Jimmy Dludlu to spice up Jazz Fest

Jazz revellers will be treated to some groovy jazz music this spring as the Old Mutual Jazz Festival comes to town.

This year’s jazz festival will take place on the 8 October and families and friends will be entertained by masters of the genre who include Major 7’s, Adora, The Fu Jazz All Star Band, and R.U.N NAMS featuring Lize Ehlers, Big Ben, Suzy Eises and the Jazz band.

South African jazz legends Jimmy Dludlu and Simphiwe Dana will add an international flavour to the festival which will be held at the Hage Geingob Stadium in Windhoek.

Dludlu will be the trump card to this year’s jazz fest and he is no stranger to the region, having worked with various southern African bands including Impandze from Swaziland, featuring Jamaican singer Trevor Hall, Kalahari and Satari from Botswana, as well as Anansi, featuring the Ghanaian saxophonist George Lee.

A founder member of the highly successful group Loading Zone, which went on to tour across the continent, backing a range of South African stars including Hugh Masekela, Miriam Makeba, Brenda Fassie, Chicco and Sipho Mabuse, Dludlu toured Namibia with Loading Zone in 1992, where they were spotted by then Zairean world-music star Papa Wemba, who subsequently asked the band to back him on several dates in Namibia.

Today, Jimmy Dludlu’s style includes wide-ranging influences, combining both traditional and modern elements of jazz drawn from among others Wes Montgomery, George Benson and Pat Metheny, to South African legends Miriam Makeba, Letta Mbulu, Hugh Masekela, Themba Mokwena, and Allen Kwela.

Namibian revelers are likely to be drawn to the sounds of west and central Africa, as well as Latin America, although Dludlu’s numerous original compositions fall within the tradition of what has been loosely termed Afro-Jazz.
The jazz festival, which is organised by Old Mutual, has become an annual event since inception in 2007, and many enthusiasts in Namibia always look forward to this important event on the jazz music calendar.

International artists like Lira, Judith Sepuma, Zamajobe Don Laka, Vusi Mahlasela and Freshly Ground, just to name few, have graced previous events to woo thousands of music lovers.

The jazz festival has grown in leaps and bounds over the years with its fan base increasing from 100 people attending the first jazz festival in 2007 at Zoo Park in Windhoek to 4000 enthusiasts attending last year’s event at Vegkop Stadium.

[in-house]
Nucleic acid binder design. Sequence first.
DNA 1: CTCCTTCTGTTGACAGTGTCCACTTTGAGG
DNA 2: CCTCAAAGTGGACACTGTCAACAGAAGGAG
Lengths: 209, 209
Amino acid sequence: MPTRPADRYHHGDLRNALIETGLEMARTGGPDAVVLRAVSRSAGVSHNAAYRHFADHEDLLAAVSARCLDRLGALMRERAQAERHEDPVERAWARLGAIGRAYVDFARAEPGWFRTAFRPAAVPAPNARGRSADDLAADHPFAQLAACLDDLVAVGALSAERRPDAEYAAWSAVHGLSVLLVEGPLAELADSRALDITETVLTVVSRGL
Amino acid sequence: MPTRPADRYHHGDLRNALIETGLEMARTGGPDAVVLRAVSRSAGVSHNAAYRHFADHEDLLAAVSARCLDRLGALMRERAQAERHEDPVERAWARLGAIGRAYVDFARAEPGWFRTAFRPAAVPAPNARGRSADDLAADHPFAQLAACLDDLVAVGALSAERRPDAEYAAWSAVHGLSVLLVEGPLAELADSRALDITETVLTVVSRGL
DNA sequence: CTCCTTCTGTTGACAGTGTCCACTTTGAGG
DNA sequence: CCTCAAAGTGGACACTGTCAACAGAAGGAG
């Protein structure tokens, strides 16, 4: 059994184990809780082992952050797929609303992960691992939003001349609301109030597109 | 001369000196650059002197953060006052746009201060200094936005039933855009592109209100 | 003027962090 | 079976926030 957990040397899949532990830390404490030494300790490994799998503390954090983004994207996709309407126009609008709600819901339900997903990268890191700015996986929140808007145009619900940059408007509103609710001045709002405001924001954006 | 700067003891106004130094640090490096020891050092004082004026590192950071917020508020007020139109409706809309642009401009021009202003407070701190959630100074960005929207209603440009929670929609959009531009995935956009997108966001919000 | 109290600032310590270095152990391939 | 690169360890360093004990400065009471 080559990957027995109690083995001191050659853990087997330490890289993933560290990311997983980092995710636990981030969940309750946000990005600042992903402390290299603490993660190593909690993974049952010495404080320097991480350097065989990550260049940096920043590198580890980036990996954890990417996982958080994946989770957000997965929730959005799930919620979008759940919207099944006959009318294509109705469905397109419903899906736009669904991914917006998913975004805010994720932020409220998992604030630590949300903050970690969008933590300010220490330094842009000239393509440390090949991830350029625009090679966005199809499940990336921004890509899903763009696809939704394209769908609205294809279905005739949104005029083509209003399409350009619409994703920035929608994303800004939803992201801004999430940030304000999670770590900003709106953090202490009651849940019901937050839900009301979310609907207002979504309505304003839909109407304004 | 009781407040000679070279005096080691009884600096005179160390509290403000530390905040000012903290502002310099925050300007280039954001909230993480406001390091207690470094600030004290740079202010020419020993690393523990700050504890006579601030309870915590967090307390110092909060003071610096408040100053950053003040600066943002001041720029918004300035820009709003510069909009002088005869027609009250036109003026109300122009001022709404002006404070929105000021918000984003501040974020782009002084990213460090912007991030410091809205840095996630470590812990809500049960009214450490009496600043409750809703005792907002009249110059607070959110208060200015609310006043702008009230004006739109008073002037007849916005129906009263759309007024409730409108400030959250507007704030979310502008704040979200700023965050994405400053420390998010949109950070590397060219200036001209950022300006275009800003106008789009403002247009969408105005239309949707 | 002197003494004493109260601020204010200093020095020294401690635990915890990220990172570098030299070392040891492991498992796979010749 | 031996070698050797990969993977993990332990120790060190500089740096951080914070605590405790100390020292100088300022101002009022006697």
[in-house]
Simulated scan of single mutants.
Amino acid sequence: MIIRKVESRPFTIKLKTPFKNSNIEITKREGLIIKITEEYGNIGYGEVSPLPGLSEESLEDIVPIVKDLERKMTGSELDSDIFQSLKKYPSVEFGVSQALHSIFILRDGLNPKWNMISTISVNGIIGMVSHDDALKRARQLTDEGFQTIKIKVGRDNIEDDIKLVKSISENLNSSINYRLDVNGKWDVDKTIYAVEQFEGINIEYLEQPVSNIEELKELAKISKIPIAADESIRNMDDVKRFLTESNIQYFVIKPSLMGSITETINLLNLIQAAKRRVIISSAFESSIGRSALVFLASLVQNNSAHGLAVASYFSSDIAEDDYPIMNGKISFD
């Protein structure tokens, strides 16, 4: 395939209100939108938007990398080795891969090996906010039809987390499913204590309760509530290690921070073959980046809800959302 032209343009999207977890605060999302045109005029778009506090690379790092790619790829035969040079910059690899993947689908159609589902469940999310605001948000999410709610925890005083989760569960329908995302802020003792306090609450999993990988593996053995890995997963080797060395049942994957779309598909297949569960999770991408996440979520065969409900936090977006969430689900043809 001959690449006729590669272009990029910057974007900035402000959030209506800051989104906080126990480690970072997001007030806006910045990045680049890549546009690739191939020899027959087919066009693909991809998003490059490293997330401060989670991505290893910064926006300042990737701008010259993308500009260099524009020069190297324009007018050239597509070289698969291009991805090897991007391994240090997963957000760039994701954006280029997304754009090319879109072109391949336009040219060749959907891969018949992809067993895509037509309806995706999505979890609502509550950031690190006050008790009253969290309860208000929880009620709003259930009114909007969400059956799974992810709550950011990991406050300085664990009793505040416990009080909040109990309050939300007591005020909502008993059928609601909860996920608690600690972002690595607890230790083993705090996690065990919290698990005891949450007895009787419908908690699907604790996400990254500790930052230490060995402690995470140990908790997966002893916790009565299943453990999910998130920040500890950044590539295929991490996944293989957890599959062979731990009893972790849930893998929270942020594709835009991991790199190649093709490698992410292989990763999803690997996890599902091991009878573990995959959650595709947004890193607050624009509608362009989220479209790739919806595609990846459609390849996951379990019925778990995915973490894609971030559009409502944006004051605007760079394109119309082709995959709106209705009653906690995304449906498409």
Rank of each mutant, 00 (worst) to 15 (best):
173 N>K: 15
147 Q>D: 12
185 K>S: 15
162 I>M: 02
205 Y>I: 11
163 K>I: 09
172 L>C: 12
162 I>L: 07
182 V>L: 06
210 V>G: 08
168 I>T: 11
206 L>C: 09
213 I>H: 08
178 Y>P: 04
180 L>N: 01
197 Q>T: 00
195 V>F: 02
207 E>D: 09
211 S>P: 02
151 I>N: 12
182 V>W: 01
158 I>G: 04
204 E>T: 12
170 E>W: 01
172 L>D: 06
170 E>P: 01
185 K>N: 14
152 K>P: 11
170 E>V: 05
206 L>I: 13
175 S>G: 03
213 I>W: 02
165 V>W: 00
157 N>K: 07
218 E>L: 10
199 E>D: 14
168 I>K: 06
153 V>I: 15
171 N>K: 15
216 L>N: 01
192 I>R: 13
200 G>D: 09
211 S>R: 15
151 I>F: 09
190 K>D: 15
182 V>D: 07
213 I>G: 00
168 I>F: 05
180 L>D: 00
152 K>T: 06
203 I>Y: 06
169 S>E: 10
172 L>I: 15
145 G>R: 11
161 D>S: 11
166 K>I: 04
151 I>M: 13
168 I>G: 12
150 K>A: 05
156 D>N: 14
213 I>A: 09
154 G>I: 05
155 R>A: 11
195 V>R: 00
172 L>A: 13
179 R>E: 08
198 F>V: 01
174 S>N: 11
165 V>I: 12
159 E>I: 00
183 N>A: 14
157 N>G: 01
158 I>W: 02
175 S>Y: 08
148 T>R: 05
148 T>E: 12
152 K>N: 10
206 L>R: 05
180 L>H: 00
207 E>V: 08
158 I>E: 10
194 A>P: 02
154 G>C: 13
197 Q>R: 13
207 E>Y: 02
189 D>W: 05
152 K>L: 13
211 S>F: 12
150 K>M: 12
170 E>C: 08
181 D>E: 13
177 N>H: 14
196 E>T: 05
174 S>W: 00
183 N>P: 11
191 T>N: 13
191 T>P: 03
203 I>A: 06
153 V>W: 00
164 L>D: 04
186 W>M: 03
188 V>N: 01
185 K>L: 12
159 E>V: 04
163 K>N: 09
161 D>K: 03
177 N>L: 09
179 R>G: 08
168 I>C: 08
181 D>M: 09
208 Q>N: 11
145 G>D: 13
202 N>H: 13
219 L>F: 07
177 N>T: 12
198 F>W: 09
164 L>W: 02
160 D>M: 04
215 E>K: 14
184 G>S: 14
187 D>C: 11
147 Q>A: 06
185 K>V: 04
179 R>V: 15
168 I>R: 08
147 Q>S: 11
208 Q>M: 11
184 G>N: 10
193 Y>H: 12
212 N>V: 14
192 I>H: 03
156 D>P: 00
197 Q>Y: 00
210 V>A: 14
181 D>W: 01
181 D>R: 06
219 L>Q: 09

According to Old Mutual’s Manetti Ashante: “The success of this event has surpassed all expectations and has matured to an event of fundamental magnitude for its scale and positive contribution to the community as whole.”

Ashante added that Old Mutual’s primary objective was ’to engage the community, in addition to this, the Jazz encounters aim to promote the genre locally by providing a platform for fresh upcoming Namibian talent’.

Over the years, the festival has introduced a substantial number of new and upcoming local musicians to the market and has assisted in showcasing the vast array of local talent. Furthermore, it has exposed local musicians to international acts.

The different local acts to perform at the festival go through a series of auditions where superintended by an experienced panel of judges. The acts that score the highest marks are chosen to be part of the Old Mutual Jazz Encounter.

“Old Mutual consistently strives to do great things every year and make every jazz encounter more special and bigger than the last,” Ashante said.

In 2008 lucky fans won an all-expenses paid trip to the 2009 Cape Town International Jazz Festival, and this year fans stand a chance to win fabulous prizes including Blackberry phones.

Ashante promised jazz lovers a night to remember as this year’s event will be another evening filled with live music, and an opportunity to mingle and relax and celebrate the coming of spring and summer in style.

“It is going to be yet, another tantalizing evening of magic and jazz as well as a great performance by our local musicians along stars Jimmy Dludlu and Simphiwe Dana.”

The origins of jazz

What we call jazz music is a genre that was started in the late 19th century in New Orleans in the United States of America and was played by African-Americans and Creole musicians.

It was common for many black musicians to play in the red light district and some marching bands that were put together within the African-American community. Between the years of 1890 and 1910, the emancipation of slaves meant that there were new educational opportunities for newly freed African slaves. However, their employment prospects was poor, therefore black musicians started providing low class entertainment in bars, clubs in order to earn a living.

From 1910 to 1917 night’s sports in storyville, New Orleans red light district became the ideal environment for Jazz. Bands usually consisted of a cornet or trumpet, a trombone, a clarinet, a banjo or guitar. Generally, the early musicians could not make very much money and were stuck to working menial jobs to survive.

The second wave of New Orleans jazz include musicians Joe Oliver, Kid Ory, and Jelly Roll Morton. These men formed small bands and took the music of earlier musicians, improved its complexity and gained greater success.

Louis Armstrong was discovered in New Orleans and became one of the greatest jazz legends and biggest star in the world.